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We talked to the creator of EveryDay, the app that wants to end your procrastination

Behind each application there is at least one person. One or several developers looking to create something that entertains or helps users, and in the vast majority of cases they do so looking for a good way to monetize it and get income from it by forming a community.

When you do that, the ideal situation is to get to a point like what they have achieved in Tapbots (which despite their debacle with Tweetbot, are getting great reactions with Ivory thanks to having a community of loyal users). But it is not necessary to have that level: today we have an example of this with EveryDay, an application that allows us to follow our habits and whose manager has recently chatted with me.

From doing it for free to creating a business

everyday habits iphone

You start small at first, but you can amass a nice mosaic of colors if you put in the effort.

Joan, the creator of EveryDay, started developing the application in the form of a web page for personal use. Like many other people, detected that social networks and other applications were causing distractions. So he set to work to have his own habit tracker, looking for the reverse effect of what many apps do.

At that time Joan was exercising his knowledge of computer engineering studied in Barcelona, ​​first in startups and then solo as a freelancer. He had always worked as a developer front endso the habit tracker was born as a web application back in 2017. But back then, Joan was interested in the product part, the idea and experience of creating something new.

EveryDay’s first serious steps began when Joan began sharing the web app with her acquaintances. This side project caught the attention of a number of people and the next step became clear: we had to turn that into a mobile app. All those who tried the web They asked for a mobile versionwhile saying that the application was helping them a lot.

I was excited to learn how to code a mobile app, and having the habits there made a lot of sense. When you track them you want to be able to fill in the box quickly, get the “reward” of seeing the color of your habit change as soon as you’ve finished fulfilling one of those habits.

Perhaps the key point of the EveryDay story is when Joan showed off the app on a subreddit about motivation and discipline:

I commented on it [en el subreddit] above, saying it was free and anyone could use it if it was useful. There it exploded, and ended up at the top of the Product Hunt list a couple of times. Many people liked it and I began to receive “feedback” from people who advised me how to improve some functions or how to create others. They even told me that they would pay for an application like this, and then I started to take it much more seriously.

Joan tells us about the dream that every developer has when they start to think about these things (or anyone who has done a little mental exercise): “if 200 users paid me 10 euros a month, that would be something”. That dream has become too small for her: the subscription to EveryDay is cheaper (30 euros a year) and Joan can boast of living off her subscribers. She has not only fulfilled her dream, but that she can afford live calmly and know that if one day you feel bad you can rest without worrying.

Neither points nor messages: the strength of your habit is the color and its intensity

Everyday Habits Colors

As you master the habits you aim to have, your board is more attractive. This is how it looks in the version of EveryDay for Mac.

I want EveryDay to be a list of the things you want to do each day, that you review each morning and that you fill in the boxes as you complete them.

It wasn’t exactly easy for EveryDay: there are dozens of iOS apps that help us adopt good habits, and each one does so with a different point of view and with a different interface. It is not exactly a market where there is a lot of space, but Joan has managed to form a community of faithful.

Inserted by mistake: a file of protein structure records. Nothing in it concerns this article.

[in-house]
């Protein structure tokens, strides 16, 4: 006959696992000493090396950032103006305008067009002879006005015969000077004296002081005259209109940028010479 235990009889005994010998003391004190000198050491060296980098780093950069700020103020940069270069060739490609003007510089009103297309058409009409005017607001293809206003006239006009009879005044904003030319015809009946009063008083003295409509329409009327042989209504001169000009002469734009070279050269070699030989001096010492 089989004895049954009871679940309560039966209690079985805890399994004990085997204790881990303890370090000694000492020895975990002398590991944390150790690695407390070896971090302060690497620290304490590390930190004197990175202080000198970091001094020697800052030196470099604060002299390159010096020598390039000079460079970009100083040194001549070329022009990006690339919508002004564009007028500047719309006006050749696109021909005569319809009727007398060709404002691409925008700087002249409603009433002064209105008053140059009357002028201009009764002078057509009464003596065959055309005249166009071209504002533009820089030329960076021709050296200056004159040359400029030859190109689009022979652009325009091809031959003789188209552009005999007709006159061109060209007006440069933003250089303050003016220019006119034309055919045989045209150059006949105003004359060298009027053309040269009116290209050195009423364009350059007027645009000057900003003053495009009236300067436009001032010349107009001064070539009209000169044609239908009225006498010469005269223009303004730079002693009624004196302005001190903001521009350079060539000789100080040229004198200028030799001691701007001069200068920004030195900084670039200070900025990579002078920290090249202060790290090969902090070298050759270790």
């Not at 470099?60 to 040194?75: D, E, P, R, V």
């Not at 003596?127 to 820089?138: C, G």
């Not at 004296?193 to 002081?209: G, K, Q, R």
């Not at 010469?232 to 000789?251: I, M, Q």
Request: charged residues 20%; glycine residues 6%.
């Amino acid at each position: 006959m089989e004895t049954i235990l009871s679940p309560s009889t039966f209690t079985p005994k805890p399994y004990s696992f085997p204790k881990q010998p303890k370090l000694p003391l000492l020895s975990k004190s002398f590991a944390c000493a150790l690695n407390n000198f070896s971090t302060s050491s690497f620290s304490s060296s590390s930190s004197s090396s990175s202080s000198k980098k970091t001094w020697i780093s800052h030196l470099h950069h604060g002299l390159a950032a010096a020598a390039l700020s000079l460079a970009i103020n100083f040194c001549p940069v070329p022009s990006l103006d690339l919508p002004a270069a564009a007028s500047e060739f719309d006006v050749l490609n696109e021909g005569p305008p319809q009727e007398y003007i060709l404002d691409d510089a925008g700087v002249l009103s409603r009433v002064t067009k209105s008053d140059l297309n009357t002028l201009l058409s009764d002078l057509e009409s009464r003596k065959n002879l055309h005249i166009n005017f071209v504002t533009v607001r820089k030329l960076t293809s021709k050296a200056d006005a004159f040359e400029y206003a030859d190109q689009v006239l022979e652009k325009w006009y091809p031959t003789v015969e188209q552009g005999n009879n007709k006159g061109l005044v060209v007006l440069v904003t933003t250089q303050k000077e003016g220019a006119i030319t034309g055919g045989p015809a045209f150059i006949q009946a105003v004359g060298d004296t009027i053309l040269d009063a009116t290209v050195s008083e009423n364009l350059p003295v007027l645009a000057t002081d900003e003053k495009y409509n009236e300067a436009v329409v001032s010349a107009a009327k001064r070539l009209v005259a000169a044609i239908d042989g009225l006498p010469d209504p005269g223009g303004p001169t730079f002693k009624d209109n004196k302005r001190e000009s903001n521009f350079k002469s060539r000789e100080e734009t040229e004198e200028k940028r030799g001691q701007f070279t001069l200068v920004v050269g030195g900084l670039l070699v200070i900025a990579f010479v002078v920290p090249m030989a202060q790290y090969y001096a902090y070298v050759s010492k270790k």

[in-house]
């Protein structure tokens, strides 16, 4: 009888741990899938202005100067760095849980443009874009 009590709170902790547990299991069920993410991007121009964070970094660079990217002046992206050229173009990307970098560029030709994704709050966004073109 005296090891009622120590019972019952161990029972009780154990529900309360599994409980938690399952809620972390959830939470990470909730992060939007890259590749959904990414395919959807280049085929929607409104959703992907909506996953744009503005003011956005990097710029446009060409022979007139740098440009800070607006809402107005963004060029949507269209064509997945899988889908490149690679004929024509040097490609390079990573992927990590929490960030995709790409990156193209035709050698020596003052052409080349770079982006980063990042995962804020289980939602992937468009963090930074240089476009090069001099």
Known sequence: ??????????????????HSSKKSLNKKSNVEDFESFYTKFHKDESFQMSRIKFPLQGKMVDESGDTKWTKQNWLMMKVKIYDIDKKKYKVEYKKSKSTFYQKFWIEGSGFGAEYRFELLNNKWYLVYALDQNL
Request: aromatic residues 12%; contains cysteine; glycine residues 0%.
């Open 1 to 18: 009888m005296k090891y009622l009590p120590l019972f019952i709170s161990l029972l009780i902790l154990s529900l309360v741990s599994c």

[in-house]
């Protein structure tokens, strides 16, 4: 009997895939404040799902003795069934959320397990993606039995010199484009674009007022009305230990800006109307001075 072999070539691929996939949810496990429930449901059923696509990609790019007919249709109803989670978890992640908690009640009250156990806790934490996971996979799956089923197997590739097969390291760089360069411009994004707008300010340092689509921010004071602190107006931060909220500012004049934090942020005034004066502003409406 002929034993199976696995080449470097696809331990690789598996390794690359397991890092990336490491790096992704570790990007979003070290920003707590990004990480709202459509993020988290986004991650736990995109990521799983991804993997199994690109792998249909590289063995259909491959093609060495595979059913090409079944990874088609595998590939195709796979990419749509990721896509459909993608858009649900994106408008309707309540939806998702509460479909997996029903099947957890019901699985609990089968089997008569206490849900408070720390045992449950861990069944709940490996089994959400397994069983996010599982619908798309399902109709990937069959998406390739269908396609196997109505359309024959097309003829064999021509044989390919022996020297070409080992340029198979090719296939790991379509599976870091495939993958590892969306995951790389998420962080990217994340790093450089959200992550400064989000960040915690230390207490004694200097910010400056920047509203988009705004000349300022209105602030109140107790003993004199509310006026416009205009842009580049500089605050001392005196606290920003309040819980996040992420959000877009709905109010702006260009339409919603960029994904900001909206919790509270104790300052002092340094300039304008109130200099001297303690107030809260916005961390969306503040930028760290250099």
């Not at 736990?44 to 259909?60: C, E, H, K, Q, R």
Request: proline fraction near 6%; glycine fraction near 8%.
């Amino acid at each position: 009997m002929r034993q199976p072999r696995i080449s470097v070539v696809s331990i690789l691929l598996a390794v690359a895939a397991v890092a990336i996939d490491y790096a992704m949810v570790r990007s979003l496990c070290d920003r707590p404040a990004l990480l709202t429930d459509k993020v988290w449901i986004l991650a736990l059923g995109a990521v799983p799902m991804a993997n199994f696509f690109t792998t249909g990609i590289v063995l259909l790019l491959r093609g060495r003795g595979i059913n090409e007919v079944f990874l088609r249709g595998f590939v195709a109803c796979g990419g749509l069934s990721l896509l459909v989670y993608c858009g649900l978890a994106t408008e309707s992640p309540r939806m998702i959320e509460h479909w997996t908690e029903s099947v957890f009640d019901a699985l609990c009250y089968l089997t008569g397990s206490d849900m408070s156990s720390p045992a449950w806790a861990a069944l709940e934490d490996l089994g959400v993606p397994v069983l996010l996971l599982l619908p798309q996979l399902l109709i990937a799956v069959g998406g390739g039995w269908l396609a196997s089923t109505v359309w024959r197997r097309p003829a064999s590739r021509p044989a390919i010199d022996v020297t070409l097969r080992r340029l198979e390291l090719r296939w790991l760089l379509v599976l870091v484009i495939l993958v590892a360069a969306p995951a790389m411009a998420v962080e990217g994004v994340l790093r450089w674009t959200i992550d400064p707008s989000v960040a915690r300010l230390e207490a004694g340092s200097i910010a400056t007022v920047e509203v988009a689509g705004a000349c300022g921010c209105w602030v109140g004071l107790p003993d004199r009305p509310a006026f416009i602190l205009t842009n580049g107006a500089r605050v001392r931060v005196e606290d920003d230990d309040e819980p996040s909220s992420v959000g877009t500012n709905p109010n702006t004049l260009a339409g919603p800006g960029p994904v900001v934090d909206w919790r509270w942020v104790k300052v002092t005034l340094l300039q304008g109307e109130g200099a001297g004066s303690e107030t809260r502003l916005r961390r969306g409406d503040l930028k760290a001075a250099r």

The distinctive point that Joan believes has been essential in achieving this is the interface, attractive and visualize the achievements with our habits from colored boxes whose intensity changes.


Without the interface that EveryDay has, we probably wouldn’t be here chatting. My dilemma is that I have to find a balance between having the application that I want to have and the requests made by users who seek to improve it to a point where it is no longer the application that I am looking for.

The adventure and challenges of developing for Apple platforms

Joan tells us that he started developing EveryDay for the App Store on his own, but that he had help from Apple itself. the company discovered the application and contacted the person responsible for it to offer support:

I remember being very shocked when Apple staff contacted me. They told me that EveryDay seemed very interesting to them, and that they would be in Barcelona in case I wanted to meet them. I thought they were trying to sell me ways to add ads to the app, but I was positively shocked to see these people at Apple using devices of all sorts to “pound” and “shred” my product all over the place. They may have been staring at her for hours.

They told me such specific parts of the application and gave me such detailed advice that I thought: But they know all the corners of EveryDay better than me! They guided me to improve the interface implementation and helped me a lot. It still amazes me that they bothered to contact someone like me.

It’s clear that Apple was a great help, but I couldn’t get over the fact that sometimes Apple does just the opposite. The App Store developer’s worst nightmare is Apple making a native iOS app that meets the same needs of various third-party apps. It happened with f.lux and Night Shift, and the most recent example we can mention is Freeform and their canvases where we can put whatever we want. It replaces countless subscription mind mapping and diagramming apps.

“Having multiple stores is a difficult thing to regulate. People will go where everyone is, which is the App Store”

What if the same thing happened with EveryDay? What if an iOS update suddenly comes along adding a habit tracking app that does exactly what EveryDay does? Joan confesses to me that she has thought about that possibility.

It’s one of the few things that was holding me back before moving from web development to mobile development. In the App Store you don’t control things like the commission (which now seems adequate to me with 15%) or that Apple suddenly makes no sense by doing what you say. They are not in control.

Now, an Apple habits app would have a different way of monitoring them. For example, what am I doing here if apps like Todoist already have a well-thought-out, high-quality habit tracking tool? In the end, what works is finding a way of doing things that people like, that clicks in their heads. If an Apple habits app ends up absorbing 90% of the public, there would still be room for the remaining 10%.